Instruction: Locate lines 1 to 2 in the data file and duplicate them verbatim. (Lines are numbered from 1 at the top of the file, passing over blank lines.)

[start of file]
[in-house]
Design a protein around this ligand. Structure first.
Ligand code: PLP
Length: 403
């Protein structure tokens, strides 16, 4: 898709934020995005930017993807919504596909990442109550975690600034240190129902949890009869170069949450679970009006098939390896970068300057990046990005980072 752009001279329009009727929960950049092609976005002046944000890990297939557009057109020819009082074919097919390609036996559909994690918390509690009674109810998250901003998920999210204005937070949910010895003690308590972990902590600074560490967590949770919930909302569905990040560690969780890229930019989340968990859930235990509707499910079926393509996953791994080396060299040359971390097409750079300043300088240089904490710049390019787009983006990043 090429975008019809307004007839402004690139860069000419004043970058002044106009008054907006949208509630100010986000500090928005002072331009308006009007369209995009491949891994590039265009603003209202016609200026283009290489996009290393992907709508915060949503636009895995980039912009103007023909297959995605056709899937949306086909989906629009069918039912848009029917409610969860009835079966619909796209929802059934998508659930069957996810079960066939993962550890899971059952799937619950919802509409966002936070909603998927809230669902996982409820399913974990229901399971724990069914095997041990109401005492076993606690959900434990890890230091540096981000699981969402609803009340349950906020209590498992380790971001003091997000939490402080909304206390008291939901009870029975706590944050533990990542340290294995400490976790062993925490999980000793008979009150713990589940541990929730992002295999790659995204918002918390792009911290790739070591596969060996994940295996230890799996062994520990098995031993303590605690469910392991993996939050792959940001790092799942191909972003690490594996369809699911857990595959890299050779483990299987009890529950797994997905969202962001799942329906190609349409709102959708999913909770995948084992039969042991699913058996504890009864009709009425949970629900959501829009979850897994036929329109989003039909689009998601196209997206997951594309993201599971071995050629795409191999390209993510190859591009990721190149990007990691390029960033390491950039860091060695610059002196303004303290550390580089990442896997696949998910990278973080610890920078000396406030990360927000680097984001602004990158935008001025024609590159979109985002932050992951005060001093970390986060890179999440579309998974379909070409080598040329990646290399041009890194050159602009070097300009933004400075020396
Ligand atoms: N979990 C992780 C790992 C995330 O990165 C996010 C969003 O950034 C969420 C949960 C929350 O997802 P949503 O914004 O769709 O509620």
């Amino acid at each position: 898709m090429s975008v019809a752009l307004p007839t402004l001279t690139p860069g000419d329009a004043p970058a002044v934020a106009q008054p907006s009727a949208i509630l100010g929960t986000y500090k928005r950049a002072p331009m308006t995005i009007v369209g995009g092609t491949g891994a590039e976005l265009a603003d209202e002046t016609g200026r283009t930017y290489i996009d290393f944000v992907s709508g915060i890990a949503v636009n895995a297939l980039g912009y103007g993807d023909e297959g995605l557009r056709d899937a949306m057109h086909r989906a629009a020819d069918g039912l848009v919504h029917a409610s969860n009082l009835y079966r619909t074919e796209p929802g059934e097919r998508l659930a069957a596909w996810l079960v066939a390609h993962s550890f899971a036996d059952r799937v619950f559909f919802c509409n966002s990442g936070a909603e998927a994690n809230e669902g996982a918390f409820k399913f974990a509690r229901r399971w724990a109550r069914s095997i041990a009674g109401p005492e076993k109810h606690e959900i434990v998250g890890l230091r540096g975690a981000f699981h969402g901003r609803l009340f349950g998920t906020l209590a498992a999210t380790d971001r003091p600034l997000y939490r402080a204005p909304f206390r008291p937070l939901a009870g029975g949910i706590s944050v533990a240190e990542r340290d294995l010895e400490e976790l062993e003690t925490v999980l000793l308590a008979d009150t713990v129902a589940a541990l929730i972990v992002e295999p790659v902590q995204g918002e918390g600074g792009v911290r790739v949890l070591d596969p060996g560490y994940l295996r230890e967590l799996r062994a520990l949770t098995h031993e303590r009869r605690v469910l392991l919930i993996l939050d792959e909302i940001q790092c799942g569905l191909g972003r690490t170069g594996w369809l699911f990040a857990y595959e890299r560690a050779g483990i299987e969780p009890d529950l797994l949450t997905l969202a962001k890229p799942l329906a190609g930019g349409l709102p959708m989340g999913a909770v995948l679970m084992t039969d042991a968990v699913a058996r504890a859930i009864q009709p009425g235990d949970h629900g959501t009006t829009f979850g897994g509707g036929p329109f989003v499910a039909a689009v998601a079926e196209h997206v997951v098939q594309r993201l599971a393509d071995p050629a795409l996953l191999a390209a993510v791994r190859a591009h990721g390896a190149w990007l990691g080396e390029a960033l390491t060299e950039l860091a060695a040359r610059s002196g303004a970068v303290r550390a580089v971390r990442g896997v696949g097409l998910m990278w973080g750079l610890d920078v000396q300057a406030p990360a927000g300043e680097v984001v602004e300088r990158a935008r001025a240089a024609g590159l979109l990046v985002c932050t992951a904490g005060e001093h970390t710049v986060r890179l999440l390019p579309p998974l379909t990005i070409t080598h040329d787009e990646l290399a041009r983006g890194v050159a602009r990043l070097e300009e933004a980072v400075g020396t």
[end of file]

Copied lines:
[in-house]
Design a protein around this ligand. Structure first.